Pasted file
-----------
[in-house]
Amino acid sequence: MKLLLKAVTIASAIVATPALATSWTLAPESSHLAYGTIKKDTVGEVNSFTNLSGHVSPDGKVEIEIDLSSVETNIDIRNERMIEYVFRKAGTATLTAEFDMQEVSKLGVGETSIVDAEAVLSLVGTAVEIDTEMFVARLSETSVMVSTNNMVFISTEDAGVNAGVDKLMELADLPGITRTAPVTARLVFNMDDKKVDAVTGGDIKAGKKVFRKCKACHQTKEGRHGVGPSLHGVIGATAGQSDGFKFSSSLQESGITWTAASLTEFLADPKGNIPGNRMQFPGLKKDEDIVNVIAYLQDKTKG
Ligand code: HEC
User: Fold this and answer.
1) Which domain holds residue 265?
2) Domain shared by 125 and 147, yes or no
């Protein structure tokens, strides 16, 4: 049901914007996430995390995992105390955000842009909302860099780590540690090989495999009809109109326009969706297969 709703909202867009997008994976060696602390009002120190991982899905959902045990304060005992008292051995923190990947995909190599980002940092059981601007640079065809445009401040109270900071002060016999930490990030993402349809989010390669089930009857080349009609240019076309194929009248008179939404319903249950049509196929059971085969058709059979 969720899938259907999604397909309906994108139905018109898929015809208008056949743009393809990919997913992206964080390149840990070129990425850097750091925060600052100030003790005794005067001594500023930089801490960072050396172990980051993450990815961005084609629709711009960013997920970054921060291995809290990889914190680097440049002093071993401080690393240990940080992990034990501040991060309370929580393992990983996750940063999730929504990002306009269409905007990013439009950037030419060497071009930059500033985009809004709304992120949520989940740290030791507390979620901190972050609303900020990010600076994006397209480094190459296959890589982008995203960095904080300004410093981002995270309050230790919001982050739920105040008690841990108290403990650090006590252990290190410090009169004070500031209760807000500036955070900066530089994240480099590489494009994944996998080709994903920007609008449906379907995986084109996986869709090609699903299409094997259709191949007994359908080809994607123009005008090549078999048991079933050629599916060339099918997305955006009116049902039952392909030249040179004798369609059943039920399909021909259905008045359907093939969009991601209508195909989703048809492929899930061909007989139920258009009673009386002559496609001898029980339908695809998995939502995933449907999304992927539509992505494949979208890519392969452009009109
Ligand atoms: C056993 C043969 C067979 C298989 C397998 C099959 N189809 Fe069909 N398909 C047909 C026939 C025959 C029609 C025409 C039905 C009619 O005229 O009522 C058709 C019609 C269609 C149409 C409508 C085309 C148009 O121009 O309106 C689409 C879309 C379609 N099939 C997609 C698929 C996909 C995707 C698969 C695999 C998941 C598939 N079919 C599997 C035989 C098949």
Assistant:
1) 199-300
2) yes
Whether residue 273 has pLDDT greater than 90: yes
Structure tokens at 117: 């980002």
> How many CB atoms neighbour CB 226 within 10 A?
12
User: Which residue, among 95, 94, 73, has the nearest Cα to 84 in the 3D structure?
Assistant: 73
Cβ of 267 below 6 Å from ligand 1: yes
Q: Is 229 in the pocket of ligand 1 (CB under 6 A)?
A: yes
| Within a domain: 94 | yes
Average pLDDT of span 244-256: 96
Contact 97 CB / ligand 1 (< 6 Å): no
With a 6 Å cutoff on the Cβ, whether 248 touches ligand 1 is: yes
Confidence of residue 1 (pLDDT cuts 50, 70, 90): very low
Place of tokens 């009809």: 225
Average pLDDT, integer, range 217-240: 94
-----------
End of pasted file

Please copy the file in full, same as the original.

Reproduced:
[in-house]
Amino acid sequence: MKLLLKAVTIASAIVATPALATSWTLAPESSHLAYGTIKKDTVGEVNSFTNLSGHVSPDGKVEIEIDLSSVETNIDIRNERMIEYVFRKAGTATLTAEFDMQEVSKLGVGETSIVDAEAVLSLVGTAVEIDTEMFVARLSETSVMVSTNNMVFISTEDAGVNAGVDKLMELADLPGITRTAPVTARLVFNMDDKKVDAVTGGDIKAGKKVFRKCKACHQTKEGRHGVGPSLHGVIGATAGQSDGFKFSSSLQESGITWTAASLTEFLADPKGNIPGNRMQFPGLKKDEDIVNVIAYLQDKTKG
Ligand code: HEC
User: Fold this and answer.
1) Which domain holds residue 265?
2) Domain shared by 125 and 147, yes or no
């Protein structure tokens, strides 16, 4: 049901914007996430995390995992105390955000842009909302860099780590540690090989495999009809109109326009969706297969 709703909202867009997008994976060696602390009002120190991982899905959902045990304060005992008292051995923190990947995909190599980002940092059981601007640079065809445009401040109270900071002060016999930490990030993402349809989010390669089930009857080349009609240019076309194929009248008179939404319903249950049509196929059971085969058709059979 969720899938259907999604397909309906994108139905018109898929015809208008056949743009393809990919997913992206964080390149840990070129990425850097750091925060600052100030003790005794005067001594500023930089801490960072050396172990980051993450990815961005084609629709711009960013997920970054921060291995809290990889914190680097440049002093071993401080690393240990940080992990034990501040991060309370929580393992990983996750940063999730929504990002306009269409905007990013439009950037030419060497071009930059500033985009809004709304992120949520989940740290030791507390979620901190972050609303900020990010600076994006397209480094190459296959890589982008995203960095904080300004410093981002995270309050230790919001982050739920105040008690841990108290403990650090006590252990290190410090009169004070500031209760807000500036955070900066530089994240480099590489494009994944996998080709994903920007609008449906379907995986084109996986869709090609699903299409094997259709191949007994359908080809994607123009005008090549078999048991079933050629599916060339099918997305955006009116049902039952392909030249040179004798369609059943039920399909021909259905008045359907093939969009991601209508195909989703048809492929899930061909007989139920258009009673009386002559496609001898029980339908695809998995939502995933449907999304992927539509992505494949979208890519392969452009009109
Ligand atoms: C056993 C043969 C067979 C298989 C397998 C099959 N189809 Fe069909 N398909 C047909 C026939 C025959 C029609 C025409 C039905 C009619 O005229 O009522 C058709 C019609 C269609 C149409 C409508 C085309 C148009 O121009 O309106 C689409 C879309 C379609 N099939 C997609 C698929 C996909 C995707 C698969 C695999 C998941 C598939 N079919 C599997 C035989 C098949």
Assistant:
1) 199-300
2) yes
Whether residue 273 has pLDDT greater than 90: yes
Structure tokens at 117: 């980002």
> How many CB atoms neighbour CB 226 within 10 A?
12
User: Which residue, among 95, 94, 73, has the nearest Cα to 84 in the 3D structure?
Assistant: 73
Cβ of 267 below 6 Å from ligand 1: yes
Q: Is 229 in the pocket of ligand 1 (CB under 6 A)?
A: yes
| Within a domain: 94 | yes
Average pLDDT of span 244-256: 96
Contact 97 CB / ligand 1 (< 6 Å): no
With a 6 Å cutoff on the Cβ, whether 248 touches ligand 1 is: yes
Confidence of residue 1 (pLDDT cuts 50, 70, 90): very low
Place of tokens 């009809």: 225
Average pLDDT, integer, range 217-240: 94